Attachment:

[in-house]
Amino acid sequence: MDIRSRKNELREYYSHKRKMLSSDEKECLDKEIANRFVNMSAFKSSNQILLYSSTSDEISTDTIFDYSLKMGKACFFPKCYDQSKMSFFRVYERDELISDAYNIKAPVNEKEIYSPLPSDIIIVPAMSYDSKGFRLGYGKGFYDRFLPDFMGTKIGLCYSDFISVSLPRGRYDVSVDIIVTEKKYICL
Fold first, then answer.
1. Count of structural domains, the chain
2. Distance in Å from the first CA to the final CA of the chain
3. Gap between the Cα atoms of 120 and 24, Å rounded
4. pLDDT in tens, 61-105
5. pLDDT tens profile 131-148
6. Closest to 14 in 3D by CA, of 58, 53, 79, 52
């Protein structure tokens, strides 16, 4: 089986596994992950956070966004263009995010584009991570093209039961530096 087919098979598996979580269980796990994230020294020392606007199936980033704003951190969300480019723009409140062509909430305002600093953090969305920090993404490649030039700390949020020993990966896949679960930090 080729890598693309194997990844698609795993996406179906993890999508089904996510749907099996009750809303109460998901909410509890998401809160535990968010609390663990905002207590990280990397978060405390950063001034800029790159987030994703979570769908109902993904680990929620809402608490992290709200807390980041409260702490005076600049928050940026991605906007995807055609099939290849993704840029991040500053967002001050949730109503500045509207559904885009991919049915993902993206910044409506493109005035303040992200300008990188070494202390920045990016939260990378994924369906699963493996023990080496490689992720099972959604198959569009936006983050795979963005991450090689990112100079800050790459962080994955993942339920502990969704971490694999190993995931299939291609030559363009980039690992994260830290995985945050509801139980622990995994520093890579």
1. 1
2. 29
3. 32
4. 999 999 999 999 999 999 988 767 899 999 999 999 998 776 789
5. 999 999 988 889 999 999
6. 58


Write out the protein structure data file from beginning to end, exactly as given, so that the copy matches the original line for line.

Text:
[in-house]
Amino acid sequence: MDIRSRKNELREYYSHKRKMLSSDEKECLDKEIANRFVNMSAFKSSNQILLYSSTSDEISTDTIFDYSLKMGKACFFPKCYDQSKMSFFRVYERDELISDAYNIKAPVNEKEIYSPLPSDIIIVPAMSYDSKGFRLGYGKGFYDRFLPDFMGTKIGLCYSDFISVSLPRGRYDVSVDIIVTEKKYICL
Fold first, then answer.
1. Count of structural domains, the chain
2. Distance in Å from the first CA to the final CA of the chain
3. Gap between the Cα atoms of 120 and 24, Å rounded
4. pLDDT in tens, 61-105
5. pLDDT tens profile 131-148
6. Closest to 14 in 3D by CA, of 58, 53, 79, 52
């Protein structure tokens, strides 16, 4: 089986596994992950956070966004263009995010584009991570093209039961530096 087919098979598996979580269980796990994230020294020392606007199936980033704003951190969300480019723009409140062509909430305002600093953090969305920090993404490649030039700390949020020993990966896949679960930090 080729890598693309194997990844698609795993996406179906993890999508089904996510749907099996009750809303109460998901909410509890998401809160535990968010609390663990905002207590990280990397978060405390950063001034800029790159987030994703979570769908109902993904680990929620809402608490992290709200807390980041409260702490005076600049928050940026991605906007995807055609099939290849993704840029991040500053967002001050949730109503500045509207559904885009991919049915993902993206910044409506493109005035303040992200300008990188070494202390920045990016939260990378994924369906699963493996023990080496490689992720099972959604198959569009936006983050795979963005991450090689990112100079800050790459962080994955993942339920502990969704971490694999190993995931299939291609030559363009980039690992994260830290995985945050509801139980622990995994520093890579």
1. 1
2. 29
3. 32
4. 999 999 999 999 999 999 988 767 899 999 999 999 998 776 789
5. 999 999 988 889 999 999
6. 58